Incidence and Predictors of Breakthrough and Severe Breakthrough Infections of SARS-CoV-2 After Primary Series Vaccination in Adults: A Population-Based Survey of 22 575 Participants
Breakthrough infections of severe acute respiratory syndrome coronavirus 2 (SARS-CoV-2) are well documented. The current study estimates breakthrough incidence across pandemic waves, and evaluates predictors of breakthrough and severe breakthrough infections (defined as those requiring hospitalization).
In total, 89 762 participants underwent longitudinal antibody surveillance. Incidence rates were calculated using total person-days contributed. Bias-corrected and age-adjusted logistic regression determined multivariable predictors of breakthrough and severe breakthrough infection, respectively.
The incidence was 0.45 (95% confidence interval [CI], .38–.50) during pre-Delta, 2.80 (95% CI, 2.25–3.14) during Delta, and 11.2 (95% CI, 8.80–12.95) during Omicron, per 10 000 person-days. Factors associated with elevated odds of breakthrough included Hispanic ethnicity (vs non-Hispanic white, OR = 1.243; 95% CI, 1.073–1.441), larger household size (OR = 1.251 [95% CI, 1.048–1.494] for 3–5 vs 1 and OR = 1.726 [95% CI, 1.317–2.262] for more than 5 vs 1 person), rural versus urban living (OR = 1.383; 95% CI, 1.122–1.704), receiving Pfizer or Johnson Johnson versus Moderna, and multiple comorbidities. Of the 1700 breakthrough infections, 1665 reported on severity; 112 (6.73%) were severe. Higher body mass index, Hispanic ethnicity, vaccine type, asthma, and hypertension predicted severe breakthroughs.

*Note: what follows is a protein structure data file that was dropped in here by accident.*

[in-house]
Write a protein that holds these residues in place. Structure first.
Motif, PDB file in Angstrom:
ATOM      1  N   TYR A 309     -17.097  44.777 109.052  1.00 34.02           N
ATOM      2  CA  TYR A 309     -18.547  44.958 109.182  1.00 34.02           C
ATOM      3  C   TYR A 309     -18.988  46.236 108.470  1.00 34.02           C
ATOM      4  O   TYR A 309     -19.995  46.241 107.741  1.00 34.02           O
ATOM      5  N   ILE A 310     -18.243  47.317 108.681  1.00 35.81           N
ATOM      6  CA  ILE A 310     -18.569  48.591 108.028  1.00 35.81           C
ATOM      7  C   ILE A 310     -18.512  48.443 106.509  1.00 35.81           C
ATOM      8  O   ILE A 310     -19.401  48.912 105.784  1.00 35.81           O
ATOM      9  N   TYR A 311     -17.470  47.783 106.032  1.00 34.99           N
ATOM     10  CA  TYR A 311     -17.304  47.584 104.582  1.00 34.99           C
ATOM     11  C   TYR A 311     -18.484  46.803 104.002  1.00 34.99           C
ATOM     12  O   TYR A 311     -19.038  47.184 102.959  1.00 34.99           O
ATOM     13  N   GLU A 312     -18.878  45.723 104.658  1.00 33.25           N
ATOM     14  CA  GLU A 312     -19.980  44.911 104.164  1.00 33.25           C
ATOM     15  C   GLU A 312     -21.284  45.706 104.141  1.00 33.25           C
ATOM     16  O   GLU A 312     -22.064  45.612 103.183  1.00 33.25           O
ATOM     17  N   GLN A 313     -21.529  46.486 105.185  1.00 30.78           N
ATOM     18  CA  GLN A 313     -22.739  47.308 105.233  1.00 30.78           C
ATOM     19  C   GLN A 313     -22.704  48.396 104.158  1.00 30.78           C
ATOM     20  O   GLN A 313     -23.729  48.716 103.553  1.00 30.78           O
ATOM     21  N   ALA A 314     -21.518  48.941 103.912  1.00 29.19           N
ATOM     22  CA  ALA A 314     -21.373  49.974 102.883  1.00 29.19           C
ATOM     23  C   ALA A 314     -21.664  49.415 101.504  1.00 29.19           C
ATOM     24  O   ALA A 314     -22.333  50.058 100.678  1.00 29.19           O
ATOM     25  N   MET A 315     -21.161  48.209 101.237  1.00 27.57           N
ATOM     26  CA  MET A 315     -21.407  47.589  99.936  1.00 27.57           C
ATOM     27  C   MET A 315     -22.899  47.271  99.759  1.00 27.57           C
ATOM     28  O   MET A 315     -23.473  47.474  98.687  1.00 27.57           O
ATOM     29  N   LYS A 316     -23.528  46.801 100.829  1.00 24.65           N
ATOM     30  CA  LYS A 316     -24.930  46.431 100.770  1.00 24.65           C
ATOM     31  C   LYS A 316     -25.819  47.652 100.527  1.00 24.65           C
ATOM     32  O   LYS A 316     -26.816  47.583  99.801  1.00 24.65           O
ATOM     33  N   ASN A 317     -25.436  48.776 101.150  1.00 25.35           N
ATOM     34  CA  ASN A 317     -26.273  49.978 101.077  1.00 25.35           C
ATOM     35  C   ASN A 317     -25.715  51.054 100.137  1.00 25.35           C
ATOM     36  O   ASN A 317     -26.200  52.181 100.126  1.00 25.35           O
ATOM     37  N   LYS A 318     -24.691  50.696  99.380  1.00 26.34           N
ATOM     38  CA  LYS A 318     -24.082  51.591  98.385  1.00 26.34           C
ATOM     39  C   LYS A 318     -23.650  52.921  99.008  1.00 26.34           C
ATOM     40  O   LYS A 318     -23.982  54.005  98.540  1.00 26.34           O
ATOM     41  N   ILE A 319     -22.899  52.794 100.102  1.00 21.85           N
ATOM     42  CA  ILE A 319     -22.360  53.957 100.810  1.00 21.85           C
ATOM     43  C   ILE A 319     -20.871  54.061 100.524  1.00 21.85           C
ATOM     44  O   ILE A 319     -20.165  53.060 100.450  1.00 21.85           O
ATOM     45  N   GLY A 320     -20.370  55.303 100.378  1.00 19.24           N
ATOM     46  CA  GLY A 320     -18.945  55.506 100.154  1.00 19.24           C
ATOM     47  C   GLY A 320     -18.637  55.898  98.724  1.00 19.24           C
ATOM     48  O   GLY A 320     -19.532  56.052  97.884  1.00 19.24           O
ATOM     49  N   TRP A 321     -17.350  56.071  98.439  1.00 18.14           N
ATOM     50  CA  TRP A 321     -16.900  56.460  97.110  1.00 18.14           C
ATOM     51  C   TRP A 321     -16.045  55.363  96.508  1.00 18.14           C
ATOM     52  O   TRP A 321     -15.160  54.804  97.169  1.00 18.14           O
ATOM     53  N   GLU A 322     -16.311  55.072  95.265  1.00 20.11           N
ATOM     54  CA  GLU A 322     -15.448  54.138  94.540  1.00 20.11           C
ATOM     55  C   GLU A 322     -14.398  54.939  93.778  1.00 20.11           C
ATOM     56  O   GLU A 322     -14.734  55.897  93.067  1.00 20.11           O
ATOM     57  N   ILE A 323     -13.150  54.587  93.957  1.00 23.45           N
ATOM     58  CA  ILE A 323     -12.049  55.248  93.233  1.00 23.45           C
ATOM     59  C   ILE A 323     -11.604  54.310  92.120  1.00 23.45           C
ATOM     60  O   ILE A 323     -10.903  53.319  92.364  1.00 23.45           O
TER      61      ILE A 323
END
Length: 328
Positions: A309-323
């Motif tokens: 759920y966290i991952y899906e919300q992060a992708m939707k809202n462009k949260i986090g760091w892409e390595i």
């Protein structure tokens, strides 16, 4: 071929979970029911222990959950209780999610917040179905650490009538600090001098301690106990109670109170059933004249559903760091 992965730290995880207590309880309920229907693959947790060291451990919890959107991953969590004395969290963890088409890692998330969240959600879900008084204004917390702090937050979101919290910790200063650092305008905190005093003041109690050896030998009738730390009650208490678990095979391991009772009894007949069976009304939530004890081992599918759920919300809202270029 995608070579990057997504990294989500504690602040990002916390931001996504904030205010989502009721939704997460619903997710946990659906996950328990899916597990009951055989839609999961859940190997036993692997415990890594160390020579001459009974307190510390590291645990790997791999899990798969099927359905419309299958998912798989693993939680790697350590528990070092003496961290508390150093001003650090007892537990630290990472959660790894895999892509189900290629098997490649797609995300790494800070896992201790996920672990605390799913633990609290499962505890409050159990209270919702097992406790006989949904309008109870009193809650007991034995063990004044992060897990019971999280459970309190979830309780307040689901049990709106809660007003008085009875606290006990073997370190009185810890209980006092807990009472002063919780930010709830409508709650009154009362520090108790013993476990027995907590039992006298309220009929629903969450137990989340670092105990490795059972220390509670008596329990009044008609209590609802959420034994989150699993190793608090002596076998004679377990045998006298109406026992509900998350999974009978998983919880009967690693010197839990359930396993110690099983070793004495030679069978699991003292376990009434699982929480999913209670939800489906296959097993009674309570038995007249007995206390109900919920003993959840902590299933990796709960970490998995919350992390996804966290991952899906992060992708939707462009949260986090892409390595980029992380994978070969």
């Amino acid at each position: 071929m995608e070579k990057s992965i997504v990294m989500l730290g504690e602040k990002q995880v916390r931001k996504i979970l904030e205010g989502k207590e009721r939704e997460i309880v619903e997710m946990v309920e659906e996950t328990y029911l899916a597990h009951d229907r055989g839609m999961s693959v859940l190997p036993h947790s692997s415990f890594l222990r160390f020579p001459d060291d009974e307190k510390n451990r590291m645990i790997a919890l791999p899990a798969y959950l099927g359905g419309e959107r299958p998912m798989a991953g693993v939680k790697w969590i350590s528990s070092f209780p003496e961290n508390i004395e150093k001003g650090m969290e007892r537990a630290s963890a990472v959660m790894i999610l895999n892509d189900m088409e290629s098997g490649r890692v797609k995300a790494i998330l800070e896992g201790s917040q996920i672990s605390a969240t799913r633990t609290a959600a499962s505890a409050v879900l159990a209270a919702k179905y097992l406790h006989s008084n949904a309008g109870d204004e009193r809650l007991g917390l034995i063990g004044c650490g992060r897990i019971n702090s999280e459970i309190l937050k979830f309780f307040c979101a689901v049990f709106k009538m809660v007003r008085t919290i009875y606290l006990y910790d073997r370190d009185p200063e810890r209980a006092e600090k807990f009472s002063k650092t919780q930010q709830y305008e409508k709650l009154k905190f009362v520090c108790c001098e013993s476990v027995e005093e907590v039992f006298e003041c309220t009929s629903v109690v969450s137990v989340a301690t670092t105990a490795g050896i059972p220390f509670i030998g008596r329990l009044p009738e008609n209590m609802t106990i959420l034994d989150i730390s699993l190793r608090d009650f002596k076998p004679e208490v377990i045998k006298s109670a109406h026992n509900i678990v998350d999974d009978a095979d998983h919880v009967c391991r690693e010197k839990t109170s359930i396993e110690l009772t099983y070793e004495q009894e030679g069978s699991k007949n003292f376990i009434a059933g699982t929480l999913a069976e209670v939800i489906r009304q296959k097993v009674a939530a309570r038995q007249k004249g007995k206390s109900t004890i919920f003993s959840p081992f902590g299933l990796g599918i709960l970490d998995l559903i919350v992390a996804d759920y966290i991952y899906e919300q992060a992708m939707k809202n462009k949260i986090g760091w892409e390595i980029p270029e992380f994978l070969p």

Breakthrough infection was 4–25 times more common during the Omicron-dominant wave versus earlier waves. Higher burden of severe breakthrough infections was identified in subgroups.